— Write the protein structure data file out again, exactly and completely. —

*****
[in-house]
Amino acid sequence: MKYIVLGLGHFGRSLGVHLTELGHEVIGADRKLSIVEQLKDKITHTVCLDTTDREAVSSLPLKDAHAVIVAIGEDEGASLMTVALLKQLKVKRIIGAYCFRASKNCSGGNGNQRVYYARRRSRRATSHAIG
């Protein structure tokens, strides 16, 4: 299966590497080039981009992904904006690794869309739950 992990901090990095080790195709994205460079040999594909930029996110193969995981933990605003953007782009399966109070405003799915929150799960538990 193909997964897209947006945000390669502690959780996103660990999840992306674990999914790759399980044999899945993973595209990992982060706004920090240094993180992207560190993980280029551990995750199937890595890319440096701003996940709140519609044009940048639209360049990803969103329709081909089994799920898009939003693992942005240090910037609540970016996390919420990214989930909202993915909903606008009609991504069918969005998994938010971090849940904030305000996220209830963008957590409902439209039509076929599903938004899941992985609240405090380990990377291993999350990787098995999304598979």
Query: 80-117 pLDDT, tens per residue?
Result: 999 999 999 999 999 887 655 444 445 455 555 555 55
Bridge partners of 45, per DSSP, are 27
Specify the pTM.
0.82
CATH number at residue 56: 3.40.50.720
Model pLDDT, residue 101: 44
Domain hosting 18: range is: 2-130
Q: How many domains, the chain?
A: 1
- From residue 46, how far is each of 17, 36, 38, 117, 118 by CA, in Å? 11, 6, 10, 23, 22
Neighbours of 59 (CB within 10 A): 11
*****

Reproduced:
[in-house]
Amino acid sequence: MKYIVLGLGHFGRSLGVHLTELGHEVIGADRKLSIVEQLKDKITHTVCLDTTDREAVSSLPLKDAHAVIVAIGEDEGASLMTVALLKQLKVKRIIGAYCFRASKNCSGGNGNQRVYYARRRSRRATSHAIG
């Protein structure tokens, strides 16, 4: 299966590497080039981009992904904006690794869309739950 992990901090990095080790195709994205460079040999594909930029996110193969995981933990605003953007782009399966109070405003799915929150799960538990 193909997964897209947006945000390669502690959780996103660990999840992306674990999914790759399980044999899945993973595209990992982060706004920090240094993180992207560190993980280029551990995750199937890595890319440096701003996940709140519609044009940048639209360049990803969103329709081909089994799920898009939003693992942005240090910037609540970016996390919420990214989930909202993915909903606008009609991504069918969005998994938010971090849940904030305000996220209830963008957590409902439209039509076929599903938004899941992985609240405090380990990377291993999350990787098995999304598979």
Query: 80-117 pLDDT, tens per residue?
Result: 999 999 999 999 999 887 655 444 445 455 555 555 55
Bridge partners of 45, per DSSP, are 27
Specify the pTM.
0.82
CATH number at residue 56: 3.40.50.720
Model pLDDT, residue 101: 44
Domain hosting 18: range is: 2-130
Q: How many domains, the chain?
A: 1
- From residue 46, how far is each of 17, 36, 38, 117, 118 by CA, in Å? 11, 6, 10, 23, 22
Neighbours of 59 (CB within 10 A): 11